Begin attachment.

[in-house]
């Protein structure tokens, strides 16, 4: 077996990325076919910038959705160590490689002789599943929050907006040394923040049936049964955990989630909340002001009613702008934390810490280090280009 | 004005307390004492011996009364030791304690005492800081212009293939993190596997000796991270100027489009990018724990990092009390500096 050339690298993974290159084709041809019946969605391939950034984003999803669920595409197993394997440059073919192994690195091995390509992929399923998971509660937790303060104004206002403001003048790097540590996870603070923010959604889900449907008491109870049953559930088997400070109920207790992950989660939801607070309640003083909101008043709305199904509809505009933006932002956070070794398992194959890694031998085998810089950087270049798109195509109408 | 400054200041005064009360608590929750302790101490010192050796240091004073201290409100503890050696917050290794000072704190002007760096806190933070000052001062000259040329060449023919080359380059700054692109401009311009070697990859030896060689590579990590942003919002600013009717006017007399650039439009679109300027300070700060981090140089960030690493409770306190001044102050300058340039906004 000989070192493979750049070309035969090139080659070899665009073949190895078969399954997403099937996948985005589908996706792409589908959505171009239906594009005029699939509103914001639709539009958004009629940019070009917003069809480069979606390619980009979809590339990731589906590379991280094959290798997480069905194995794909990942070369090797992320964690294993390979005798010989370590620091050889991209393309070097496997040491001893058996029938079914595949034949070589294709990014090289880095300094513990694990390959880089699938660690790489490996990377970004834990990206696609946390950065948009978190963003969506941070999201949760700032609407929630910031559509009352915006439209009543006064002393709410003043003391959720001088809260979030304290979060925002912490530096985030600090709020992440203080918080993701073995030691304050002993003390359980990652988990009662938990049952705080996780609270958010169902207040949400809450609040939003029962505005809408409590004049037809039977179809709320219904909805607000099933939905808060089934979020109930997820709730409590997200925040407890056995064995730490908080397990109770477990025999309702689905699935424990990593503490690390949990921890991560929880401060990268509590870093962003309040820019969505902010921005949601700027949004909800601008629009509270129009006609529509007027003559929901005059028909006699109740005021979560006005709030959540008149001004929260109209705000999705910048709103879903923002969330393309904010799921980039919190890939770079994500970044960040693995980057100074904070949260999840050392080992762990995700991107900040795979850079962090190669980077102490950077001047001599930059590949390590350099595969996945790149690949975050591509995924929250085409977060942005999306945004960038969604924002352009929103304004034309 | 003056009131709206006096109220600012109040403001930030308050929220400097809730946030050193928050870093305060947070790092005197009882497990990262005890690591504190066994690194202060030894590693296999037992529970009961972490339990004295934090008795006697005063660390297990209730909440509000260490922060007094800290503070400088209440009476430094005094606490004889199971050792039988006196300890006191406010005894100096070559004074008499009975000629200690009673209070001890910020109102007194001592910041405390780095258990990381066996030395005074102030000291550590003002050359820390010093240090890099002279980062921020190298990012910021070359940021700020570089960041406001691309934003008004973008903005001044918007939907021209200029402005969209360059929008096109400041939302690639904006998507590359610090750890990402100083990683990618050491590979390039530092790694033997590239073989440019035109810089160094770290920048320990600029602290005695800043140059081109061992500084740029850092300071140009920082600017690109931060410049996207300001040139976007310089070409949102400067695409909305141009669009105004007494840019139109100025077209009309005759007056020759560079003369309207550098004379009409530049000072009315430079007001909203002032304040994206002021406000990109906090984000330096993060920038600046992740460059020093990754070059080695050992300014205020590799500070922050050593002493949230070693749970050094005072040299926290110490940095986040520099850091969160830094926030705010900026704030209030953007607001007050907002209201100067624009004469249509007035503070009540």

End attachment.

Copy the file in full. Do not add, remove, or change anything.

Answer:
[in-house]
């Protein structure tokens, strides 16, 4: 077996990325076919910038959705160590490689002789599943929050907006040394923040049936049964955990989630909340002001009613702008934390810490280090280009 | 004005307390004492011996009364030791304690005492800081212009293939993190596997000796991270100027489009990018724990990092009390500096 050339690298993974290159084709041809019946969605391939950034984003999803669920595409197993394997440059073919192994690195091995390509992929399923998971509660937790303060104004206002403001003048790097540590996870603070923010959604889900449907008491109870049953559930088997400070109920207790992950989660939801607070309640003083909101008043709305199904509809505009933006932002956070070794398992194959890694031998085998810089950087270049798109195509109408 | 400054200041005064009360608590929750302790101490010192050796240091004073201290409100503890050696917050290794000072704190002007760096806190933070000052001062000259040329060449023919080359380059700054692109401009311009070697990859030896060689590579990590942003919002600013009717006017007399650039439009679109300027300070700060981090140089960030690493409770306190001044102050300058340039906004 000989070192493979750049070309035969090139080659070899665009073949190895078969399954997403099937996948985005589908996706792409589908959505171009239906594009005029699939509103914001639709539009958004009629940019070009917003069809480069979606390619980009979809590339990731589906590379991280094959290798997480069905194995794909990942070369090797992320964690294993390979005798010989370590620091050889991209393309070097496997040491001893058996029938079914595949034949070589294709990014090289880095300094513990694990390959880089699938660690790489490996990377970004834990990206696609946390950065948009978190963003969506941070999201949760700032609407929630910031559509009352915006439209009543006064002393709410003043003391959720001088809260979030304290979060925002912490530096985030600090709020992440203080918080993701073995030691304050002993003390359980990652988990009662938990049952705080996780609270958010169902207040949400809450609040939003029962505005809408409590004049037809039977179809709320219904909805607000099933939905808060089934979020109930997820709730409590997200925040407890056995064995730490908080397990109770477990025999309702689905699935424990990593503490690390949990921890991560929880401060990268509590870093962003309040820019969505902010921005949601700027949004909800601008629009509270129009006609529509007027003559929901005059028909006699109740005021979560006005709030959540008149001004929260109209705000999705910048709103879903923002969330393309904010799921980039919190890939770079994500970044960040693995980057100074904070949260999840050392080992762990995700991107900040795979850079962090190669980077102490950077001047001599930059590949390590350099595969996945790149690949975050591509995924929250085409977060942005999306945004960038969604924002352009929103304004034309 | 003056009131709206006096109220600012109040403001930030308050929220400097809730946030050193928050870093305060947070790092005197009882497990990262005890690591504190066994690194202060030894590693296999037992529970009961972490339990004295934090008795006697005063660390297990209730909440509000260490922060007094800290503070400088209440009476430094005094606490004889199971050792039988006196300890006191406010005894100096070559004074008499009975000629200690009673209070001890910020109102007194001592910041405390780095258990990381066996030395005074102030000291550590003002050359820390010093240090890099002279980062921020190298990012910021070359940021700020570089960041406001691309934003008004973008903005001044918007939907021209200029402005969209360059929008096109400041939302690639904006998507590359610090750890990402100083990683990618050491590979390039530092790694033997590239073989440019035109810089160094770290920048320990600029602290005695800043140059081109061992500084740029850092300071140009920082600017690109931060410049996207300001040139976007310089070409949102400067695409909305141009669009105004007494840019139109100025077209009309005759007056020759560079003369309207550098004379009409530049000072009315430079007001909203002032304040994206002021406000990109906090984000330096993060920038600046992740460059020093990754070059080695050992300014205020590799500070922050050593002493949230070693749970050094005072040299926290110490940095986040520099850091969160830094926030705010900026704030209030953007607001007050907002209201100067624009004469249509007035503070009540």